Terps Recommend Must-Reads for That Last-minute Beach Trip
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Maybe this was the summer you swore you were finally going to tackle “Anna Karenina.” Or work through the whole Pulitzer Prize winner list. Or delve into an unexplored genre–speculative sci-fi or magical realism or dystopian fiction.
But now it’s August, the month when we reckon with summer’s end and all we’ve done or failed to do. If there’s a beach trip in your immediate future, you can at least catch up on your literary ambitions, and get immersed in what might be your next favorite book as waves lap at your feet.
We asked University of Maryland faculty, staff and students to share with us which books they’d pack along with the sunscreen and beach umbrella.
“Crying in H Mart: A Memoir” by Michelle Zauner
This memoir, by Japanese Breakfast musician and artist Michelle Zauner, explores loss and love associated with a complicated mother-daughter relationship. It touches on themes of race, intergenerational miscommunication, and how food is a potent source of comfort and memory. –Janelle Wong, professor, American studies/government and politics
“Gut: The Inside Story of Our Body's Most Underrated Organ” by Giulia Enders
I love talking about poop, and when I saw this book I felt I had to read it. Even if you're not like me, this book is super cool and funny, and presents a ton of fun facts and interesting information about "the most underrated organ," the digestive system! At the end of this read, I felt that I had not only laughed a lot, but I really had gained a huge appreciation for my digestive system, which made me aware of ways to lead a healthier life through taking care of it. Really, really fun and informative book to read during a vacation! –Anahi Espindola, assistant professor, entomology
“Happy-Go-Lucky” by David Sedaris
It's Sedaris' latest book and as always is hilarious, poignant, irreverent, moving and insightful. Sedaris is an "easy read," but his prose is nonetheless beautiful. His stories are easy to get into but the feeling they give sticks with you. Especially on a family getaway to the beach, Sedaris would put you in the right mood, as beach house shenanigans on family vacations inevitably appear. –Kris Reed, Ph.D. candidate, English
“Heaven, My Home” by Attica Locke
The author is a writer on "Empire" and other TV shows. This novel is set in East Texas and features a Texas Ranger named Darren Matthews who is the only non-white ranger. He is investigating the kidnapping of a white supremacist's grandchild. A great read because it ties the past to the present in a way few authors can. –Hardeep Chowdhary, coordinator, career services and alumni relations, School of Public Policy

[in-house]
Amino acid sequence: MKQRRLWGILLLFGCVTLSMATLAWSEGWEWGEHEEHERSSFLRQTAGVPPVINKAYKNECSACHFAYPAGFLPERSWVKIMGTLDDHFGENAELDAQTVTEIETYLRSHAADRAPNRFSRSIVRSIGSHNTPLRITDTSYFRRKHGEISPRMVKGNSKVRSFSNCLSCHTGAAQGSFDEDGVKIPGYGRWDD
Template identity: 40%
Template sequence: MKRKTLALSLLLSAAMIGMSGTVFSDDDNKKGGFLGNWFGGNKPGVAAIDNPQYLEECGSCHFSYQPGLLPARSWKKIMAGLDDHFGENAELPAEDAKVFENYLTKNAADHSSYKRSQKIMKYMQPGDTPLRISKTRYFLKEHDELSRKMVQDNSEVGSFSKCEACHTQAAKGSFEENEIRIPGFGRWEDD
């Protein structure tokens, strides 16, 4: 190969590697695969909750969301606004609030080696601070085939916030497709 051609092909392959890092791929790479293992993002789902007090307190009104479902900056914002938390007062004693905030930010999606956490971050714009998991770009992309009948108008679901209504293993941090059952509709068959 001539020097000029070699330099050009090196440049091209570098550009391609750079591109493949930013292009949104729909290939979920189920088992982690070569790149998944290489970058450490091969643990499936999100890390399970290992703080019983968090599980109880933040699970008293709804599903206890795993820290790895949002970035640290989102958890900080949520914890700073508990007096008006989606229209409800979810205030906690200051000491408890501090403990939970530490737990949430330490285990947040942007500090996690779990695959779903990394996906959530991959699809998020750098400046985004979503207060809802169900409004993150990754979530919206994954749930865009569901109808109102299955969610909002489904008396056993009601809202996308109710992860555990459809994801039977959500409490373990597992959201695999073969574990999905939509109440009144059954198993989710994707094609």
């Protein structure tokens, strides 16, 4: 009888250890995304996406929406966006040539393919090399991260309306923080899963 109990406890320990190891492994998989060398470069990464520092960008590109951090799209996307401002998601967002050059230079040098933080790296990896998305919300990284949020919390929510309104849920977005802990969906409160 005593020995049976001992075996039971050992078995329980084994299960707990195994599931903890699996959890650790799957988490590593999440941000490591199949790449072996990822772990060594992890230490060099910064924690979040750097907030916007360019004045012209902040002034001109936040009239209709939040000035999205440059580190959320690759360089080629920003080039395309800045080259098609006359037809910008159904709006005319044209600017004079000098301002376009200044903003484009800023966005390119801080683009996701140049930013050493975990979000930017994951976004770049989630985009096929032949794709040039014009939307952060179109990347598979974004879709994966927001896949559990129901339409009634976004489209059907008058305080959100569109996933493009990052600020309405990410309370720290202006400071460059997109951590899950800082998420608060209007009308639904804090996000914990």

“The Huntress” and “The Alice Network” by Kate Quinn
Both are historical fiction centered on World War II, with strong female lead characters, lots going on and some revenge involved. –Cindy Frank, architecture and visual resource librarian, School of Architecture, Planning and Preservation
“A Million Miles in a Thousand Years” by Donald Miller
It is really for self-reflection in my opinion, just in a less serious way than the word "self-reflection" itself sounds. –Lucinda Botlero, senior business manager, College of Information Studies
“The Orphan Master’s Son” by Adam Johnson
A fictional portrait of life in North Korea, the novel is about life, reality and the lack of reality in the country–but one can take it as a lesson about the universe. –Sarah Oates, professor, Philip Merrill College of Journalism/affiliate professor, College of Information Studies
“Project Hail Mary” by Andy Weir
The book tells the tale of an impossible collaboration to save the planet and more. While fictional but scientifically sound, it provided me with a message of hope of what can be achieved when nobody can ask "who gets the credit." And as for valuable lessons regarding the topics that I teach, this shows again that improvisation is a key skill for a world that gets more volatile, uncertain, complex and ambiguous. –Oliver Schlake, clinical professor, Robert H. Smith School of Business
“Winter Work” by Dan Fesperman
Dan Fesperman's wonderfully etched espionage thrillers are rich in nuance from his days as a foreign correspondent for the Baltimore Sun in the final years of the Cold War. "Winter Work" is his latest and one of his best. It's set against the chaos of East Germany's secret police in the days after the collapse of the Berlin Wall. Everyone wanted Stasi's secrets–the Americans, the Russians and the West Germans–and East Germany's master spies wondered where their loyalty now lay. What a great setting to imagine the moral ambiguities of espionage. If you love Alan Furst or John LeCarre, you should get to know Fesperman's work. These are literate, ruminative thrillers. –Tom Rosenstiel, Eleanor Merrill visiting professor on the future of journalism at the Philip Merrill College of Journalism, and the author of four political thrillers set in Washington, including his latest, "The Days To Come."
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